Using of synthetic polymers as coagulant aids in industrial wastewater treatment

What is meant by coagulation?

The principal units of chemical treatment of industrial wastewater are Coagulation, flocculation and precipitation.

Coagulation is a destabilization process by particle charge neutralization and initial aggregation of colloidal and finely divided suspended matter by inorganic coagulant.

To accelerate this process, a coagulant aid (often a high molecular weight cationic polymer) may be used.

Because of the electrical charge that colloids often found in wastewater carry, they are stable.

Colloids can have a positive or negative charge.

However, the majority of colloidal particles in wastewater are negatively charged.

Furthermore, coagulation can result in the elimination of particles bigger than colloidal particles due to their entrapment in the flocs generated during coagulation.

The Jar-Test technique is used in most water treatment plants to determine the least coagulant concentration and residual turbidity of the water.

Besides, the physicochemical treatment allows reducing dissolved, suspended, colloidal and non-settable matter as well as coloring from dyes.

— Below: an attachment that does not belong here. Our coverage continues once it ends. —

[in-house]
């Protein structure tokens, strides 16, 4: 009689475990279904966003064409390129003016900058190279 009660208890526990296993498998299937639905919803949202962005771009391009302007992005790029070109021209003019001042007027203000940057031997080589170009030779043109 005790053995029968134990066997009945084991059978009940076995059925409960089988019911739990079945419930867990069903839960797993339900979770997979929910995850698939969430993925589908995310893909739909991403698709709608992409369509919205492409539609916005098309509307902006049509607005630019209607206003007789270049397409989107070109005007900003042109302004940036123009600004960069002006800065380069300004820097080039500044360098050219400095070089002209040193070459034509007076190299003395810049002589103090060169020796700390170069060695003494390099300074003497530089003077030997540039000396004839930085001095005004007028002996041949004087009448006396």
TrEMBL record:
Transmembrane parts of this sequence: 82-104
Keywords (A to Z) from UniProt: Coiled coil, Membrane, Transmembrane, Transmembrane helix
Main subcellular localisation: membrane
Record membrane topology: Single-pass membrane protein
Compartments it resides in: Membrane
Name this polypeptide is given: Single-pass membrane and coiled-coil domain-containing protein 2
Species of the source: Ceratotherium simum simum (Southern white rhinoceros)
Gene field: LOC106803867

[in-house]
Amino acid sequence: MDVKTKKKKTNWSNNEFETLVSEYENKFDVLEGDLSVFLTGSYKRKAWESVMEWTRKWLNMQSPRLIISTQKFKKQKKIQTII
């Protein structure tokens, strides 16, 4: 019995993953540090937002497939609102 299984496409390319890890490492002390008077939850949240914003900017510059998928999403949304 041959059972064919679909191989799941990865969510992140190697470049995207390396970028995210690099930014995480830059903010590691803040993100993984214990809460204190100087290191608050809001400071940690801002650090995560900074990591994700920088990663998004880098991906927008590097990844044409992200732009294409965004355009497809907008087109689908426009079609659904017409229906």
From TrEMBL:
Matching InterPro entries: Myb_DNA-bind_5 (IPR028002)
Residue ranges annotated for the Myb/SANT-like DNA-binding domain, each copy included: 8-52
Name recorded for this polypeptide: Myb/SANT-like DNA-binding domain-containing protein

The coagulation or flocculation process was conducted for the treatment of industrial wastewater to achieve maximum removal of COD, BOD and TSS.

The optimum dose of a coagulant or flocculent is defined as the value above which there is no significant difference in the increase in removal efficiency with further addition of coagulant or flocculent.

Coagulation takes place in the rapid mix or flash mix basins they are very rapid.

The primary function of the rapid mix is to disperse the coagulant so that it contacts all of the wastewater.

Coagulants and coagulants aids

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Coagulants, i.e., chemicals that are added to the water to achieve coagulation, should have the following three properties:

-Trivalent metallic cations or polymers whose effectiveness as coagulants has been determined.

-Nontoxic and without adverse physiological effects on human health.

-Insoluble or low solubility in the pH ranges common in water-treatment practice.

This is necessary to have an efficient coagulation process and to be able to leave the lowest possible residual of the chemical in the treated water.